How Far You Must Go in Order to Return
In the fall of 1982, my senior year at South Salem High School, I embarked on the college selection process with high aspirations and hopes, but also, to be perfectly honest, with a mind to putting some distance between me and Salem, Oregon.
Sons of a biology professor in the College of Liberal Arts, my two brothers and I practically grew up on the Willamette University campus. My family was immersed in the Willamette campus culture: We attended Bearcat athletic events, concerts and lectures. It seemed we could hardly go downtown or to the grocery store without running into my father’s students and faculty colleagues. As a teenager, I worked summers bussing tables at campus events and conferences. Professor Bothun even helped me edit my college application essays. Everywhere I went, it seemed, people knew not only my name, but my entire life story.
At 18, I was more than ready for something new. Something different. Something else.
I knew for certain that I wanted a liberal arts education, which I already understood to be excellent preparation for the pursuit of a meaningful and successful life. Looking back, this fundamental criterion was informed, if subconsciously, by my close affiliation with Willamette and what I had observed growing up. Ultimately, I chose Carleton College and its Willamette-like qualities: A truly educated person has acquired knowledge across a broad spectrum, including arts and humanities, mathematics, sciences and social sciences, and values life-long learning. Teaching and learning are the college’s paramount activities, including opportunities for research and scholarship, which strengthen both. Low student-to-faculty ratios and small class sizes are infinitely more satisfying and worthwhile. A small, residential campus builds a sense of community and fosters civic, intellectual and social engagement.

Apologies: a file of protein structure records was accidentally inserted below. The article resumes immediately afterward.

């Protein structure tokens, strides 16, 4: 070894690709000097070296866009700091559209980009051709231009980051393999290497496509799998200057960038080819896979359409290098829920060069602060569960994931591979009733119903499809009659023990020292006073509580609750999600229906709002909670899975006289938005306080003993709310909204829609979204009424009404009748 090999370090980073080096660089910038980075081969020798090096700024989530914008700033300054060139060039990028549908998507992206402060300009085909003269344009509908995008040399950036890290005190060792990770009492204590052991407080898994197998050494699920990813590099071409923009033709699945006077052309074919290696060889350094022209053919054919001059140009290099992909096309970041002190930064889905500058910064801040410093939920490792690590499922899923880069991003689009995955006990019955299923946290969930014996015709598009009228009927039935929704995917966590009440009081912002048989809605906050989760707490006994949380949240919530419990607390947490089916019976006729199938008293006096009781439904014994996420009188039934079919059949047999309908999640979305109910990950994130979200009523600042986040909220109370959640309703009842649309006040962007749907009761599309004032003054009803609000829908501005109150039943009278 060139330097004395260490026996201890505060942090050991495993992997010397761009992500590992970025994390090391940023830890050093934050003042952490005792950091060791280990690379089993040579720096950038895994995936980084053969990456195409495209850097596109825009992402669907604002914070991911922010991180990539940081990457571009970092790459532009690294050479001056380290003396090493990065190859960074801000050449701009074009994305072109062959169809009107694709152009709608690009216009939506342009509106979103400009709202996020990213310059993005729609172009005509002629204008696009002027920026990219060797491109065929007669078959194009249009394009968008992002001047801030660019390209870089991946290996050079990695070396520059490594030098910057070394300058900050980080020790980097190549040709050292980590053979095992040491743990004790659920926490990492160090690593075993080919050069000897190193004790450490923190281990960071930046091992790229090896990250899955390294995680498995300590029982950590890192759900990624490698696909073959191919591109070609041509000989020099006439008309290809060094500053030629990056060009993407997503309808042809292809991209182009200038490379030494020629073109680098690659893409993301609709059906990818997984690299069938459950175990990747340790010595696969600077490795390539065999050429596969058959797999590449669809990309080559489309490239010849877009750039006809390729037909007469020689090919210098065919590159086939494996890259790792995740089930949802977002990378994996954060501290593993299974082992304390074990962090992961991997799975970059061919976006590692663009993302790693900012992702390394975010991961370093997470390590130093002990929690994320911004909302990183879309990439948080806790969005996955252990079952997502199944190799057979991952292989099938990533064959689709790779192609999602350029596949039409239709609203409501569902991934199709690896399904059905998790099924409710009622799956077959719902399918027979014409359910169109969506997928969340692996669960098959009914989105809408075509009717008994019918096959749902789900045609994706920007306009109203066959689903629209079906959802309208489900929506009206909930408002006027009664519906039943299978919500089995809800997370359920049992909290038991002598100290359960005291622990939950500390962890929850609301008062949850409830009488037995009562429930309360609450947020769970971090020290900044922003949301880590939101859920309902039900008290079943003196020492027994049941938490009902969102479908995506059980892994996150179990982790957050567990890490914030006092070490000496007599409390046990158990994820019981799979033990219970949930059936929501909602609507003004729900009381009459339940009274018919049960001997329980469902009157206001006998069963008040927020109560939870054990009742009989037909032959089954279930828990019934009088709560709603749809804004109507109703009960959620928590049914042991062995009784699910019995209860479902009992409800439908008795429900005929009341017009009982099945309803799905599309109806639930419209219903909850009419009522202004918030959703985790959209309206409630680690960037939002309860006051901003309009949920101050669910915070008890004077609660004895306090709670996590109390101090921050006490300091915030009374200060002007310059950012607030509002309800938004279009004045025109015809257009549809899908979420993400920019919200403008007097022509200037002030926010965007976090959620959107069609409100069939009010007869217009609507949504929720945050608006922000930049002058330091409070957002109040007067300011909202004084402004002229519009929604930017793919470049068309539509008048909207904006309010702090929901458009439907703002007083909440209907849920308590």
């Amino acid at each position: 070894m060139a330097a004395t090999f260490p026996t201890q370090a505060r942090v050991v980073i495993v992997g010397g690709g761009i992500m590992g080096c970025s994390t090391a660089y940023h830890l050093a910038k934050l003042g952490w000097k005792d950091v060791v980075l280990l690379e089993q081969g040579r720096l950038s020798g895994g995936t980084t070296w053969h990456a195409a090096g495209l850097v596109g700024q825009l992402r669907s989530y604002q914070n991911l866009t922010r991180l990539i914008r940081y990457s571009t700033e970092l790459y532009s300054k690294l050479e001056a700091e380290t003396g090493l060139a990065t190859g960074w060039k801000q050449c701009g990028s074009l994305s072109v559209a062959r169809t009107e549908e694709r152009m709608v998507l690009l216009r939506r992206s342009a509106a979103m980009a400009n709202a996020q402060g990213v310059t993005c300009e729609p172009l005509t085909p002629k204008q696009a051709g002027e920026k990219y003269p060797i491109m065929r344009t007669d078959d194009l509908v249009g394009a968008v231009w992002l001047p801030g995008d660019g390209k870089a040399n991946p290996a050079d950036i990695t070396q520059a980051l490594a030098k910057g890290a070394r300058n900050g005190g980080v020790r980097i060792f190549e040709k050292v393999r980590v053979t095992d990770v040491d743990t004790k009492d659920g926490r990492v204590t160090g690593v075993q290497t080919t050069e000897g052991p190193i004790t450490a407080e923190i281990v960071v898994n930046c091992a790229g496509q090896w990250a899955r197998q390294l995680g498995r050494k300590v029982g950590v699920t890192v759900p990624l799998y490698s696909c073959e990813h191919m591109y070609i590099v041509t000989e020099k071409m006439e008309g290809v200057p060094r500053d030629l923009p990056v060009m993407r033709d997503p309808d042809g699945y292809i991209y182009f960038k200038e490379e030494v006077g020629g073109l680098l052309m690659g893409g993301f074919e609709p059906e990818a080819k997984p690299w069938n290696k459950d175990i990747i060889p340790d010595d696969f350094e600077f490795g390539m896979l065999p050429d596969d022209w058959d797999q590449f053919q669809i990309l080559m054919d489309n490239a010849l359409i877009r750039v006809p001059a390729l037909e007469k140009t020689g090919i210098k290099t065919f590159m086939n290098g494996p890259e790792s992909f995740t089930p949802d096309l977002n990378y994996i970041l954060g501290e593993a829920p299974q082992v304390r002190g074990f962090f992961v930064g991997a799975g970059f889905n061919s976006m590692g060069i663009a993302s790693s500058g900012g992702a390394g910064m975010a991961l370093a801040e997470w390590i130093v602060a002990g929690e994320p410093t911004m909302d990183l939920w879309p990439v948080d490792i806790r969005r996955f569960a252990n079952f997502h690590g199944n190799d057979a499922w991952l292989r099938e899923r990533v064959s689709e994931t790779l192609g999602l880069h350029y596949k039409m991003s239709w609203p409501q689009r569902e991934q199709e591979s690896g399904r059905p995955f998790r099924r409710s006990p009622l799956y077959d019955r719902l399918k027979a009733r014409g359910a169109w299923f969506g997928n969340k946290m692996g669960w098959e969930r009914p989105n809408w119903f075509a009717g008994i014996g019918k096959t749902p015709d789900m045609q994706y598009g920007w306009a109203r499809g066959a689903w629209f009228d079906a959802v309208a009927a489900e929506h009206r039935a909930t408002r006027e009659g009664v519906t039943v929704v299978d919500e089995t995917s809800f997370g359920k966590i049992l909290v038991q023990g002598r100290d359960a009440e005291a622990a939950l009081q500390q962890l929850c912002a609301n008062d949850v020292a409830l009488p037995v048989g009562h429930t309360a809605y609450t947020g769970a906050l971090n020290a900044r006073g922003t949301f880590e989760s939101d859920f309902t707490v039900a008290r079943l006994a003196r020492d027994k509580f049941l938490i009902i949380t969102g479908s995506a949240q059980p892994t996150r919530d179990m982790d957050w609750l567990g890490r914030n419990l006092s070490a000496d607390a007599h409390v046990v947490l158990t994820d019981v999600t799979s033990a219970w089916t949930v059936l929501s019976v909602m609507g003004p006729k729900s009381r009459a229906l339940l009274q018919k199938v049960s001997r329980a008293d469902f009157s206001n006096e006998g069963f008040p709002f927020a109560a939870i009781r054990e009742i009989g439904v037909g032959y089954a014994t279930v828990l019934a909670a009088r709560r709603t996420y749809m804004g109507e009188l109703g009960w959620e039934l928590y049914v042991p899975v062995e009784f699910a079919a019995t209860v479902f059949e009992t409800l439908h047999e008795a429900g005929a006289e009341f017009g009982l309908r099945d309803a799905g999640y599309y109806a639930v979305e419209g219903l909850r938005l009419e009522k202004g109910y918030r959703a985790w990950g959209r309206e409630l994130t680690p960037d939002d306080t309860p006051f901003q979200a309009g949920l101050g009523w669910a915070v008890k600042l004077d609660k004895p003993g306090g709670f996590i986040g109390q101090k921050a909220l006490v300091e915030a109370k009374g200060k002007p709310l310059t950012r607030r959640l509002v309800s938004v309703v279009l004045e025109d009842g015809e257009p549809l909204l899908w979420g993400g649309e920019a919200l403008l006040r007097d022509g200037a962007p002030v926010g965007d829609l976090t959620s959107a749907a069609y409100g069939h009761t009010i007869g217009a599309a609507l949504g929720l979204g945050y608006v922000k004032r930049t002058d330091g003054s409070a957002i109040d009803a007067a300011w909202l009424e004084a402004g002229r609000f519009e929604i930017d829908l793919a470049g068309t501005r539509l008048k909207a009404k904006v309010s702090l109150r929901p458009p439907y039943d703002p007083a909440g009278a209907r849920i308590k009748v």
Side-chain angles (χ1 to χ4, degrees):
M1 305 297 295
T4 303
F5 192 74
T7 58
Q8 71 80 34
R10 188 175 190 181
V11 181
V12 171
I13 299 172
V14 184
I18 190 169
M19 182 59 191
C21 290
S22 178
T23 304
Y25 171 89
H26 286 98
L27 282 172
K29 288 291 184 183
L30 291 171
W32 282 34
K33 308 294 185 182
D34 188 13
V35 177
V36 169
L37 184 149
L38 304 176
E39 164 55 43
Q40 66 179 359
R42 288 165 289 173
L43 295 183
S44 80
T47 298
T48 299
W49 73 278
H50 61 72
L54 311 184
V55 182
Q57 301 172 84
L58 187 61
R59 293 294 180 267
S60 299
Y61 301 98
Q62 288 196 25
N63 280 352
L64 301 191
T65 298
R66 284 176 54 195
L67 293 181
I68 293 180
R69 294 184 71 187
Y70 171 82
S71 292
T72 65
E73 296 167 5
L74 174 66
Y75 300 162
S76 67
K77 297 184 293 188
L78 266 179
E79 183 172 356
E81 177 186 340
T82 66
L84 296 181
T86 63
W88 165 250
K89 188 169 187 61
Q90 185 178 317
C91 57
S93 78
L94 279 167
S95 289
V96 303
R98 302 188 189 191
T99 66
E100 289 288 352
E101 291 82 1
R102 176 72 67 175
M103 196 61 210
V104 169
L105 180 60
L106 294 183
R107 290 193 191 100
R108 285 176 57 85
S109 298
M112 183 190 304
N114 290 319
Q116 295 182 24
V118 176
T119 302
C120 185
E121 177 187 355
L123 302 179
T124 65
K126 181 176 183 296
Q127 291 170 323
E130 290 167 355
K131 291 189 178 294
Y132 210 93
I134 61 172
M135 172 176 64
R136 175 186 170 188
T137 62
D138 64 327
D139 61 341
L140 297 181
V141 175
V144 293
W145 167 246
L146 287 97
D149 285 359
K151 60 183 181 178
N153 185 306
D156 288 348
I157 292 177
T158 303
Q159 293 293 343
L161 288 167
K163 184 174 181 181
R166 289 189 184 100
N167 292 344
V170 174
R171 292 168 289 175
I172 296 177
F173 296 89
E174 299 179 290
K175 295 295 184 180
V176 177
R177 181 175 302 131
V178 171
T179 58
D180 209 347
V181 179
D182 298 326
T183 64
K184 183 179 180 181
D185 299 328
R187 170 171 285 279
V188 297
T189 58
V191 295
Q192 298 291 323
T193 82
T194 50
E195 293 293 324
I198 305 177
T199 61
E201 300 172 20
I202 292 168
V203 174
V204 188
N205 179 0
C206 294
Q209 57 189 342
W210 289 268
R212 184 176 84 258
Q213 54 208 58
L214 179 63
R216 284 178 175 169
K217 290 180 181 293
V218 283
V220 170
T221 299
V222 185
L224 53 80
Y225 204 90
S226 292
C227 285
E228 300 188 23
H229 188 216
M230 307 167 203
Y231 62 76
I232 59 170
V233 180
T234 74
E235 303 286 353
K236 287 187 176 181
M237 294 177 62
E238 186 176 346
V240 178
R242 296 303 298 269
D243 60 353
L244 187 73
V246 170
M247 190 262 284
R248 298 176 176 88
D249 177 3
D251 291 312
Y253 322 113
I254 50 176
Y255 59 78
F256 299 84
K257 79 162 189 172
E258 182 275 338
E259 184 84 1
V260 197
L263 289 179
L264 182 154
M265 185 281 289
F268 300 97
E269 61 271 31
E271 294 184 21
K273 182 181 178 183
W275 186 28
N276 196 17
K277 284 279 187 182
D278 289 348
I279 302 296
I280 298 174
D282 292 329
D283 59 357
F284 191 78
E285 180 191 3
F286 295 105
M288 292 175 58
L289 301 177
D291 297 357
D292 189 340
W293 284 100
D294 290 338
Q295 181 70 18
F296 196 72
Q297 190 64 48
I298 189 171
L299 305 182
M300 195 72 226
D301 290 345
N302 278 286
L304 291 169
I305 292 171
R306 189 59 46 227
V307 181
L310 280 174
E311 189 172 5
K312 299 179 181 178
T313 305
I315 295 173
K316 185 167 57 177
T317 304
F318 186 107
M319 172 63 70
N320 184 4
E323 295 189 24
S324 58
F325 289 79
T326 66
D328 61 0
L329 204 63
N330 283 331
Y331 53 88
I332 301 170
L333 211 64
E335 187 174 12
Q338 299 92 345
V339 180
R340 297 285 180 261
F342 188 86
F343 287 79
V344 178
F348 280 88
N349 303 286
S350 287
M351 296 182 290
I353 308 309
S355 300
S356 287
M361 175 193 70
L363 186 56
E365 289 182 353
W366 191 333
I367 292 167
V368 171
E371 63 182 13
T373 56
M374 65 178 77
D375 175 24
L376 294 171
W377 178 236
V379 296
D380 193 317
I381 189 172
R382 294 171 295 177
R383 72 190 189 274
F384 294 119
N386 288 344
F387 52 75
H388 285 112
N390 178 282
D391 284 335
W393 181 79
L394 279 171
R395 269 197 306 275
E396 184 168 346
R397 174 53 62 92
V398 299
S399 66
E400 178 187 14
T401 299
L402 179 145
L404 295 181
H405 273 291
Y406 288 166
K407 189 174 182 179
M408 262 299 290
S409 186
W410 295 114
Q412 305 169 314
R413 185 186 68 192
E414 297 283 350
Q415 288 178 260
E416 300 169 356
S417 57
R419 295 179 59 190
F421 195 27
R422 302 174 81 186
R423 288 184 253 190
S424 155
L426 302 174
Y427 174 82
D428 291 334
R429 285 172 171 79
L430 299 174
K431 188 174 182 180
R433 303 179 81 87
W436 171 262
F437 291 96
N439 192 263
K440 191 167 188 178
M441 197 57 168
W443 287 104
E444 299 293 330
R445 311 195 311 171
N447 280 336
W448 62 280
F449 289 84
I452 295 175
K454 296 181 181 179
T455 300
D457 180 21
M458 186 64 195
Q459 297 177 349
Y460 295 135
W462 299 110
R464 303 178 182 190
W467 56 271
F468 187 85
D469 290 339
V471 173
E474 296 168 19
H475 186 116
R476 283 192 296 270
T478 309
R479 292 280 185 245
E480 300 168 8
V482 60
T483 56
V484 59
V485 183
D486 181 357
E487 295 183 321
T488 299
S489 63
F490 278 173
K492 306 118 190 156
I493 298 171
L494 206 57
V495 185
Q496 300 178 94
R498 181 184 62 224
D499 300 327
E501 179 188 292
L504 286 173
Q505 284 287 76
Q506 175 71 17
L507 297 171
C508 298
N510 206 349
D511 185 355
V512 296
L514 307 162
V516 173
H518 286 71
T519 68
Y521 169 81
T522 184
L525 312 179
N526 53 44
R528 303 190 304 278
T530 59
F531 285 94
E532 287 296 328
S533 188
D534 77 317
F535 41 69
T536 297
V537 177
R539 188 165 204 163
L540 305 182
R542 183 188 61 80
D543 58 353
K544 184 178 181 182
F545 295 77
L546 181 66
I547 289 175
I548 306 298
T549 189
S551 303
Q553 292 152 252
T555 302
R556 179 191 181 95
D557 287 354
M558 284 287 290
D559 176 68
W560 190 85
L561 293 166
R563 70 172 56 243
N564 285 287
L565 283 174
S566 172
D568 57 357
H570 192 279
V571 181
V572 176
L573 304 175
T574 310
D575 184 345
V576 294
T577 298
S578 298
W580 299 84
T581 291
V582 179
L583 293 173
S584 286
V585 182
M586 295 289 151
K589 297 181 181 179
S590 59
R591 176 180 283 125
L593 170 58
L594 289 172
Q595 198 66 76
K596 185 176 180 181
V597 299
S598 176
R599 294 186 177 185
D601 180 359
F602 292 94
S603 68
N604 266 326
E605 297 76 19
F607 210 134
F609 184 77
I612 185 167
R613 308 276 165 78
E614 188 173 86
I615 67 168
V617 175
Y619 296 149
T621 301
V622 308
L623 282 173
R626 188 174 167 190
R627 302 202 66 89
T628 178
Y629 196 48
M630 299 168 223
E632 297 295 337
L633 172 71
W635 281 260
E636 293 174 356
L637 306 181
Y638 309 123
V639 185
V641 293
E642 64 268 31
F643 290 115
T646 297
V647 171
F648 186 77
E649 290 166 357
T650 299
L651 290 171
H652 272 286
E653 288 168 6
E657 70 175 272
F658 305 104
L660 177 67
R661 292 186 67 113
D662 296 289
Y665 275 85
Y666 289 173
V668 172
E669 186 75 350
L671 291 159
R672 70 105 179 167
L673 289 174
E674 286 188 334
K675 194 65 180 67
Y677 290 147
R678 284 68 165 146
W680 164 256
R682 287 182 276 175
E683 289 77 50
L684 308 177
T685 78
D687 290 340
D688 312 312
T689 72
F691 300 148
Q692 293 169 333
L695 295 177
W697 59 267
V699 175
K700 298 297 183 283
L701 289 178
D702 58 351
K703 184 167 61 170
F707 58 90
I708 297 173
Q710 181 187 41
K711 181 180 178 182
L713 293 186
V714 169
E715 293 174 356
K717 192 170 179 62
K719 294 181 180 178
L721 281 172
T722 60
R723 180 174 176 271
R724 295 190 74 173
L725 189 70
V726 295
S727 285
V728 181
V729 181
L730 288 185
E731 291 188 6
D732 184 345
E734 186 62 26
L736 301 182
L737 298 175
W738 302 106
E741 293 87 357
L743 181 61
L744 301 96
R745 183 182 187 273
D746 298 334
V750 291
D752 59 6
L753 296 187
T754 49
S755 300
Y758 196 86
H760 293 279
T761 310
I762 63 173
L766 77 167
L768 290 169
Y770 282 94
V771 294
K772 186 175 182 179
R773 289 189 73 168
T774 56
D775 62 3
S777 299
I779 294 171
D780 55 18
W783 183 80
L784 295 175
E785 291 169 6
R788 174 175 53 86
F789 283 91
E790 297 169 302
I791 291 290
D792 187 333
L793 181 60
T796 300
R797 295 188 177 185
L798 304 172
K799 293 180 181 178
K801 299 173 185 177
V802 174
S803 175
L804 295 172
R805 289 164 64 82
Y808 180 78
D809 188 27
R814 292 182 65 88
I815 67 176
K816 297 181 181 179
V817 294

It didn’t hurt that Northfield, Minn., was more than a thousand miles from home, either.
After a rewarding journey over nearly three decades that led from Willamette to Carleton to Princeton to Caltech and, most recently, the University of California Santa Cruz, I am pleased to have returned to my home. Although Willamette’s red-brick buildings and park-like fields and gardens feel so familiar to me, I can see, through the newly acquired lens of a university president, that much has changed. Willamette is indeed an institution on the rise, gaining a national reputation for innovation and achievement.
After my appointment to the presidency was announced in May, many alumni, students, faculty, staff, friends and colleagues posted messages to the online guest book on the university’s web page. I enjoyed reading these posts very much. This one, from a current staff member, really struck home: “Congratulations on your appointment as Willamette’s president. Everything I have heard about you during the past ten days is extraordinary. However, it all pales in comparison to what your father has told me about you during the past few years. I am eager to meet you.”
Some things about Willamette have not changed one bit. I am honored to be at the helm of an institution that was such a formative force in my early life and to rejoin a community in which I have deep familial roots and connections. I look forward to getting acquainted — and reacquainted — with both.
Stephen E. Thorsett
“After a rewarding journey over nearly three decades ... I am pleased to have returned to my home.”